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Severe Left Ventricular Dysfunction Earlier after Acute Myocardial Infarction Treated with Primary Percutaneous Coronary Intervention: Predictors and In-Hospital Outcome- A Middle Eastern Tertiary Center Experience.

UNLABELLED: Improving or maintaining heart function following percutaneous coronary intervention (PPCI) is not identified in all patients. Our aim in the current study is to investigate the prevalence, factors associated with early left ventricular (LV) dysfunction following successful revascularization of myocardial infarction patients.

METHODS: A single-center retrospective study included 2863 myocardial infarction patients who were admitted to our center and treated with successful PPCI.

RESULTS: Out of 2863 consecutive patients who underwent PPCI from May 2018 to August 2021, 1021 (36%) developed server LV dysfunction. They showed a higher history rate of ischemic heart disease and previous revascularization before AMI (P = 0.05 and 0.001 respectively). Also, they presented more with anterior myocardial infarction (P < 0.001) and heavy thrombus burden (P = 0.002 and 0.004 for indication of peri-procedural glycoprotein IIb/IIIa inhibitors use and thrombus aspiration) compared to the other group of patients. Moreover, they also had a more critical anatomy of coronary artery disease (P < 0.001 for both left main and multi-vessel coronary artery disease). The independently associated predictors for early severe LV dysfunction post-AMI treated with PPCI were anterior localization of AMI, the greater value of troponin, renal impairment, and severe coronary artery disease (P= <0.001, 0.036, 0.002, and <0.07 respectively). Despite optimal treatment for those patients, they showed poor outcomes including in-hospital morbidity and mortality (P < 0.001).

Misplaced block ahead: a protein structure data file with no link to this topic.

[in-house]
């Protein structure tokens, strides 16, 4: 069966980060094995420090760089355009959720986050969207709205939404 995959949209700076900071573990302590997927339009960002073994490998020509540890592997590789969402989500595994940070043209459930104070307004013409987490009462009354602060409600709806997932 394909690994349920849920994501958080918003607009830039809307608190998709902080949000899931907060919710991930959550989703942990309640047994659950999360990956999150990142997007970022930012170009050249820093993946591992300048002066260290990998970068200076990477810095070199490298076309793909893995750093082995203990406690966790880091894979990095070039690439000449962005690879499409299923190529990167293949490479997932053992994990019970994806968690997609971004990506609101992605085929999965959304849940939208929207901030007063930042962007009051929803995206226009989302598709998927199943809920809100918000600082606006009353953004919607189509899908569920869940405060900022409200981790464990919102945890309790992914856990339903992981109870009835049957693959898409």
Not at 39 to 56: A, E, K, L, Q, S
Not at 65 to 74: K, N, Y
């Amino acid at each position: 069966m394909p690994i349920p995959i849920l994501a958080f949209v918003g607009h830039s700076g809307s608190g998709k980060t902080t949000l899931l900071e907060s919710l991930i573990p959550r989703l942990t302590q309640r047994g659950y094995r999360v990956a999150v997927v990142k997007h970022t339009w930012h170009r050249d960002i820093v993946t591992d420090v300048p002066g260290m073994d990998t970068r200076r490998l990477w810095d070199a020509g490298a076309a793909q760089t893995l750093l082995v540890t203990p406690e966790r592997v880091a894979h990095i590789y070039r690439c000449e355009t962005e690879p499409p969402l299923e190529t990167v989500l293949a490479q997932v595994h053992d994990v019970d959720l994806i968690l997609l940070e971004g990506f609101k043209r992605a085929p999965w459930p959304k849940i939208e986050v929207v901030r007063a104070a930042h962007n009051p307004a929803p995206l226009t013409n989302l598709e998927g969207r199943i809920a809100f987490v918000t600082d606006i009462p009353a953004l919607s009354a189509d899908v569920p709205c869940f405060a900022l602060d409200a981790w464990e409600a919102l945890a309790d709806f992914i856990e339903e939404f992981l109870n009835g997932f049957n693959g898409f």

CONCLUSION: Sizable proportion of patients following successful PPCI develop severe LV systolic dysfunction and associated with poor clinical outcomes. Larger myocardial infarction, renal impairment, and severe coronary artery disease are independent predictors of severe LV systolic dysfunction post-PPCI.

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